Glen Morgan

Glen Morgan Headshot

Writer • Producer • Director

Birth Date: July 12, 1961

Age: 62 years old

Birth Place: Syracuse, New York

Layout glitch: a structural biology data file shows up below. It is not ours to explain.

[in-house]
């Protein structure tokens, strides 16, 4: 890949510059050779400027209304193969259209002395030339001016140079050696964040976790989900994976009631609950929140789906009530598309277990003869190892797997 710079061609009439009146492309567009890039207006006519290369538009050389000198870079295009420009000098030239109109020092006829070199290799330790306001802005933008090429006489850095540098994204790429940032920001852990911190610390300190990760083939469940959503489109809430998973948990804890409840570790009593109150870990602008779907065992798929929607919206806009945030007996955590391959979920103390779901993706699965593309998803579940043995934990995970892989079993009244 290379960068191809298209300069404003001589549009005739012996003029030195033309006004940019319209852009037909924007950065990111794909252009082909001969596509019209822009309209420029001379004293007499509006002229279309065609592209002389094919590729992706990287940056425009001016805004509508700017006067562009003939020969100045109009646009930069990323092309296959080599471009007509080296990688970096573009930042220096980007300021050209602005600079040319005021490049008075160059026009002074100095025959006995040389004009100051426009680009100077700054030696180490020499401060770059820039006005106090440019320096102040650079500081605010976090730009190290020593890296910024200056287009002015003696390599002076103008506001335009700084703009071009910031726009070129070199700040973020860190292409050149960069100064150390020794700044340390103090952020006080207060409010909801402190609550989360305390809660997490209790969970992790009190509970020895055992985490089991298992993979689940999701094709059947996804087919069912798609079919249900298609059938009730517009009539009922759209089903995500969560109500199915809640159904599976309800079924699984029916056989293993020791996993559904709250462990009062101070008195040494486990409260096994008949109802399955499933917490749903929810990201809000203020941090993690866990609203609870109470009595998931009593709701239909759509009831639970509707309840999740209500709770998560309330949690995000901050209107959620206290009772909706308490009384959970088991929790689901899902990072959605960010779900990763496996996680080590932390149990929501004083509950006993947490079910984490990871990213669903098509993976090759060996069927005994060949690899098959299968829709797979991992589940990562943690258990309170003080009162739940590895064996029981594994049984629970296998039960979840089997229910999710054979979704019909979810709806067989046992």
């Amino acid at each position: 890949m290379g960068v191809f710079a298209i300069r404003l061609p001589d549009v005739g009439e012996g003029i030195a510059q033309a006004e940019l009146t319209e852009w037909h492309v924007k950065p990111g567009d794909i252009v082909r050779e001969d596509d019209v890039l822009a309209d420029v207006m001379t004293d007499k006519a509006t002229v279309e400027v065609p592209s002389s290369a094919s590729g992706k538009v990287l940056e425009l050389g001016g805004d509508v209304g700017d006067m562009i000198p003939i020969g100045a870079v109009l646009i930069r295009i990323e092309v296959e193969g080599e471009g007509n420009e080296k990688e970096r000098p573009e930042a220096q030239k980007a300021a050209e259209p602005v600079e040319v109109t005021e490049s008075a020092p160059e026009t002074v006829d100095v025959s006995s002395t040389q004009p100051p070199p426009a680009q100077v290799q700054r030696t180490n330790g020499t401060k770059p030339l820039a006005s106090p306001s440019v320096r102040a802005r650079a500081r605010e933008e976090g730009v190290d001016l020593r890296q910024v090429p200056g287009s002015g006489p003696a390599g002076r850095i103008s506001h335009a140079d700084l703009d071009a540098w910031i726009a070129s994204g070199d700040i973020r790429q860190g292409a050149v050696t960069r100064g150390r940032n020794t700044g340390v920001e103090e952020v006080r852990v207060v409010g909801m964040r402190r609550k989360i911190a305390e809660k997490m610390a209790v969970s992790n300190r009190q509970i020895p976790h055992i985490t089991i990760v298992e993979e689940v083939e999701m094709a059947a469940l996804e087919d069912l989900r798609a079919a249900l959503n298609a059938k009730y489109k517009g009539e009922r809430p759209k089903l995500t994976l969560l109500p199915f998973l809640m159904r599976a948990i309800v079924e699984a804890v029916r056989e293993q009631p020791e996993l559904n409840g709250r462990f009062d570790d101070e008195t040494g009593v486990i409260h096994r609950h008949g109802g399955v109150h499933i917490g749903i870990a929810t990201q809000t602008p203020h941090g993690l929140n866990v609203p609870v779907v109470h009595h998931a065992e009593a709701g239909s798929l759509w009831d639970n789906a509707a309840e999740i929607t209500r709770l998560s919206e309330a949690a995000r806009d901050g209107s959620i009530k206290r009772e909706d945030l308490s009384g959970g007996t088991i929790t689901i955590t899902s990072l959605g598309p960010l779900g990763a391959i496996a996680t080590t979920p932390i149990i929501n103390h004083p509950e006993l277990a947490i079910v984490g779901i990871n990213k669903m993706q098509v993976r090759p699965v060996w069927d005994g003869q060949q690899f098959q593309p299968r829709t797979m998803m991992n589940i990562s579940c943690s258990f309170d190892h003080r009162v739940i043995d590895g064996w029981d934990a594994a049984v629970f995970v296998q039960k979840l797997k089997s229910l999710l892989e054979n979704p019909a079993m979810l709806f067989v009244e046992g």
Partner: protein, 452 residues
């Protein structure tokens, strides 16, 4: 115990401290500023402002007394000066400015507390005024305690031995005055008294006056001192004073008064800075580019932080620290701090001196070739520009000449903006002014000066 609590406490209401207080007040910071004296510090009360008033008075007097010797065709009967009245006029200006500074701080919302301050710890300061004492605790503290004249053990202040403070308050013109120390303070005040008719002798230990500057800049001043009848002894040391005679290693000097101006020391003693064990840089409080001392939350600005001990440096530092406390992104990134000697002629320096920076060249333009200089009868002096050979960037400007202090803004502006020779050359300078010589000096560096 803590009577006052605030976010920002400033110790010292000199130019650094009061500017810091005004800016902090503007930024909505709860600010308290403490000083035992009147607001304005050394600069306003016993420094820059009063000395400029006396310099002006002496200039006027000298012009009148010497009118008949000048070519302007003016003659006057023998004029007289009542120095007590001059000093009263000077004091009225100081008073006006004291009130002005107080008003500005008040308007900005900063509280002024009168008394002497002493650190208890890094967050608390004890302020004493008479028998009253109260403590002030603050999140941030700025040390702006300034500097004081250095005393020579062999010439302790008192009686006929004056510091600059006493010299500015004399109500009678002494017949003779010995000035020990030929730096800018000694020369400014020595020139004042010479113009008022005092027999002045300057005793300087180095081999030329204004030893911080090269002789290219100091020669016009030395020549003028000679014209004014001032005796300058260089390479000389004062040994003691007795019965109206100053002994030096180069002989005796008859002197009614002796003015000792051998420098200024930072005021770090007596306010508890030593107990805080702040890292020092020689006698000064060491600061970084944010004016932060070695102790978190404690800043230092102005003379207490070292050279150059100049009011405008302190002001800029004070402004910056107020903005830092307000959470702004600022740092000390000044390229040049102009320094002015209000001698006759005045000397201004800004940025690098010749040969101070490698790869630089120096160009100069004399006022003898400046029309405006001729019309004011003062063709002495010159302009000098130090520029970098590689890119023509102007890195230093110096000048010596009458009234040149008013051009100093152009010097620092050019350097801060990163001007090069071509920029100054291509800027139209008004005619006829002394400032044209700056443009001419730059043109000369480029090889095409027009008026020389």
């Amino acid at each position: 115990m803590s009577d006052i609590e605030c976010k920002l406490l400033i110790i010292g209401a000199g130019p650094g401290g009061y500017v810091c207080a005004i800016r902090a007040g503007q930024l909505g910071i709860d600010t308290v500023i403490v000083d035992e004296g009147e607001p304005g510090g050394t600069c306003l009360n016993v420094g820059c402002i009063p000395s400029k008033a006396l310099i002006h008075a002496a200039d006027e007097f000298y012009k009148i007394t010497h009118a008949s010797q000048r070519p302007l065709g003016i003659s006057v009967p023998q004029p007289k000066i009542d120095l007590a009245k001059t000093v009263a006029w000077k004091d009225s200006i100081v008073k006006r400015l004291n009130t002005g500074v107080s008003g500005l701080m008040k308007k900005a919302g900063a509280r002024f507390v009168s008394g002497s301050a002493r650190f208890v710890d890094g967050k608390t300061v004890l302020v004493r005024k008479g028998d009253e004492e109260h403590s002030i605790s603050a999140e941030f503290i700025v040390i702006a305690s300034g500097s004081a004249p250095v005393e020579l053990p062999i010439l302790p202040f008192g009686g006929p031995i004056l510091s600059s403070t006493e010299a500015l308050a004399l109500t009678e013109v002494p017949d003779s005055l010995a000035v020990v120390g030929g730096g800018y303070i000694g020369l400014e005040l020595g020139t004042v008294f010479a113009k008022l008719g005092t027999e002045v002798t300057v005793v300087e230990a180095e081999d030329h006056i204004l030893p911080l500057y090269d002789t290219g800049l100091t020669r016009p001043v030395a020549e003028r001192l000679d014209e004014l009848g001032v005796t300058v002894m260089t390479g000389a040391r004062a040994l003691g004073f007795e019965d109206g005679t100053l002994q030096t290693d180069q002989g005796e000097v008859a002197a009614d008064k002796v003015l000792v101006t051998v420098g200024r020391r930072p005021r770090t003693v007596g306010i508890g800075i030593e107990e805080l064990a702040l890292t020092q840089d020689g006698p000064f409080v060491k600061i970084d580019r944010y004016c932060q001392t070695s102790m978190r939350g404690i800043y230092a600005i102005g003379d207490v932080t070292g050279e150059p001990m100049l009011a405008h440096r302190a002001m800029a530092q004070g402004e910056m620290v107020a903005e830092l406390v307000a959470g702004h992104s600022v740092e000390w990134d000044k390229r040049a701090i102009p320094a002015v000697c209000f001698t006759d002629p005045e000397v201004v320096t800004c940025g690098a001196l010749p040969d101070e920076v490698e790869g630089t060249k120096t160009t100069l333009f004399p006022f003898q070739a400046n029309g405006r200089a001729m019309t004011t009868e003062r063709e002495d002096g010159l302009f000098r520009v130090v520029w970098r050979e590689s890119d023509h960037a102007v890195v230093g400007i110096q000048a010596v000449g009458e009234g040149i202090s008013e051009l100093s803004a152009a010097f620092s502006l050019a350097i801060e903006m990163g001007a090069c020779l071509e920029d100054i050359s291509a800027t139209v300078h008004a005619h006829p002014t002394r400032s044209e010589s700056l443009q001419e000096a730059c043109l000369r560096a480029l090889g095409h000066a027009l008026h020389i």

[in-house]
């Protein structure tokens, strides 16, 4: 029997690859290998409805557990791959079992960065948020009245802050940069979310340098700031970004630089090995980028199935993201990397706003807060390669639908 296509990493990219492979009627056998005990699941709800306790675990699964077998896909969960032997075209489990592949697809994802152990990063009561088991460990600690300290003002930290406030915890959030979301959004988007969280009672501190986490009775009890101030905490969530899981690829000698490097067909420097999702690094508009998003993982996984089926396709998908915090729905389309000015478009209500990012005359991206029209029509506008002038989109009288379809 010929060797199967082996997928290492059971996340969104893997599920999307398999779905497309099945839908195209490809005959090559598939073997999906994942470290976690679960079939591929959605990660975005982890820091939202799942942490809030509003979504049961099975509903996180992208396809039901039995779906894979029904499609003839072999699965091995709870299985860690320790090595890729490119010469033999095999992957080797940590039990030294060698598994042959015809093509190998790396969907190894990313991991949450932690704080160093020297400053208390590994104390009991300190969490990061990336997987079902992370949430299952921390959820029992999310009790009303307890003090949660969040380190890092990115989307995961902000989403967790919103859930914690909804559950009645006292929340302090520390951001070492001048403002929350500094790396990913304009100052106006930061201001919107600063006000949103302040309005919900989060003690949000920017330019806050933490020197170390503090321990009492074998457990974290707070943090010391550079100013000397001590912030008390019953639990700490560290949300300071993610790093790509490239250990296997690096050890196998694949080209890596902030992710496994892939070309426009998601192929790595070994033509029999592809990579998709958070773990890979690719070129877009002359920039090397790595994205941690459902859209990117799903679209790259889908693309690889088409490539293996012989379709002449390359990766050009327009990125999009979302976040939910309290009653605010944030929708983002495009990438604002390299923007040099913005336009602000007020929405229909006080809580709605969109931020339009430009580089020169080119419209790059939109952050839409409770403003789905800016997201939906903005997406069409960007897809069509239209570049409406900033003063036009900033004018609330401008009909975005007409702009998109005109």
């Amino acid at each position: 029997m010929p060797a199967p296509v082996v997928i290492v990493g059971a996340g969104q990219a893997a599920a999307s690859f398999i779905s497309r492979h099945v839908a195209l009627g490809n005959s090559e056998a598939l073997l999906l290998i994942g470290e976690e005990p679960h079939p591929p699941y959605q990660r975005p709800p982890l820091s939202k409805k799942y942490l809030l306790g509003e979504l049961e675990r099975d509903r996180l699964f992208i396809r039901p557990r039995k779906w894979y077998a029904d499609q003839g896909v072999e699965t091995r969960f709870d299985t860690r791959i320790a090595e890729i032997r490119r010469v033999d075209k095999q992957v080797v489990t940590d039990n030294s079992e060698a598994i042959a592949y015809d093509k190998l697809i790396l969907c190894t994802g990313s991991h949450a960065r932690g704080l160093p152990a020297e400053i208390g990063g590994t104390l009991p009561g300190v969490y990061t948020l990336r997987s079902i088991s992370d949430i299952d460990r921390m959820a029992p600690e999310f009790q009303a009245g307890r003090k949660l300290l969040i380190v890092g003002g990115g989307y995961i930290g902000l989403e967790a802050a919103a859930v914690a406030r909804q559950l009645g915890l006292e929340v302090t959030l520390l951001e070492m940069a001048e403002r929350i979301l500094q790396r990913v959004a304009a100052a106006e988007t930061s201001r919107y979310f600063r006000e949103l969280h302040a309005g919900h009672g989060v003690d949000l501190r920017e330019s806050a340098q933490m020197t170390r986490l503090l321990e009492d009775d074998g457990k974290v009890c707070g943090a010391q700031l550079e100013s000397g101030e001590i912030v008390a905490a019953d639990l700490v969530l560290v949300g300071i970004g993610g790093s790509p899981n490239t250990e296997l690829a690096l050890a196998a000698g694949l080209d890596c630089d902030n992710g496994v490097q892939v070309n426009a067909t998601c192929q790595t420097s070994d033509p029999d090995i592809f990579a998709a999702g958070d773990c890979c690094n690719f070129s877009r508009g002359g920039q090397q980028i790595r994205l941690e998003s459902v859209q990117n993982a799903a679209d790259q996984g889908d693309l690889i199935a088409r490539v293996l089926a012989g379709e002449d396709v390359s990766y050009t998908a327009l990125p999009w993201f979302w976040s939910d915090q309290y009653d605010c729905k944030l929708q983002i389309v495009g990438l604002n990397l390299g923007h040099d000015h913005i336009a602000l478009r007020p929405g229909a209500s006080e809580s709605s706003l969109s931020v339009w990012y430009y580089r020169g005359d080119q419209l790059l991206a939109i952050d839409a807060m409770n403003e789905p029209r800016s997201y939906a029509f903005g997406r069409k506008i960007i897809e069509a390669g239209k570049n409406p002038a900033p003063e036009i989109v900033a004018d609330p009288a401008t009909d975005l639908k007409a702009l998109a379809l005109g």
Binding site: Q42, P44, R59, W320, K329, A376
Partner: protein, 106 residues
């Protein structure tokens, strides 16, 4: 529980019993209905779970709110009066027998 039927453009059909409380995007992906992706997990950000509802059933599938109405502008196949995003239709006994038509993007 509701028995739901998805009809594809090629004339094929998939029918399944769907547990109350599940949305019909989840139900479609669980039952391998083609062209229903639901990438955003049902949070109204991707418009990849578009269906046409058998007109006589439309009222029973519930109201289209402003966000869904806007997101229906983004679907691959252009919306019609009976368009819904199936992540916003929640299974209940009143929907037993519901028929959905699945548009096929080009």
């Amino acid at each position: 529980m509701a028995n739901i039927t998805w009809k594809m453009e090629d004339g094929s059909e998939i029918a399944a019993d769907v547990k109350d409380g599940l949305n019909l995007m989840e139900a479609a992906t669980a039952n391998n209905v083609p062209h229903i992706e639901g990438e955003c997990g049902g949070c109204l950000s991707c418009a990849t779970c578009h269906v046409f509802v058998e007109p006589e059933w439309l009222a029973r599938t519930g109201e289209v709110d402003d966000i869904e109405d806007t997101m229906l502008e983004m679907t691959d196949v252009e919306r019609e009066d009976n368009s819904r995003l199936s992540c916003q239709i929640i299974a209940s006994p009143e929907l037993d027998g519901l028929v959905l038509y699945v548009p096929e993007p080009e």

Along with writing partner James Wong, Glen Morgan carved a name for himself as one of the foremost talents behind the science fiction phenomenon "The X-Files" (Fox, 1993-2002), seeding a career as producer-writer of some of most textured, and critically lauded television shows of the early 2000s. Morgan and Wong, his friend since high school, emerged from Stephen J. Cannell Productions' flurry of early 1990s primetime network shows, among them "21 Jump Street" (Fox, 1987-1991) and "The Commish" (ABC, 1991-95), to land onboard Chris Carter's incipient sci-fi franchise "The X-Files" in 1993. Fox made Morgan and Wong the first of Carter's voluminous talent pool to graduate to their own shows, with the duo creating the short-lived "Space: Above and Beyond" (1995-96). After a brief return to "The X-Files," they took the helm of Carter's subsequent spookfest "Millennium" (1996-1999). Morgan and Wong veered into feature films in the new century, conceiving the "Final Destination" film series and putting slick modern twists on horror classics with "Willard" (2003) and "Black Christmas" (2006), with Morgan taking the director's chair for both. Ensconced as a sci-fi expert, Morgan, sans Wong, would be lured back to television to produce some short-lived genre programs like "The Bionic Woman" (NBC, 2007) before landing a co-executive producer spot with the Steven Spielberg-produced adventure series "The River" (ABC, 2012). Like so many of the "X-Files" creative team, Morgan's would make his signature stamp on American sci-fi and horror, typically bespeaking textured characters and visionary storylines.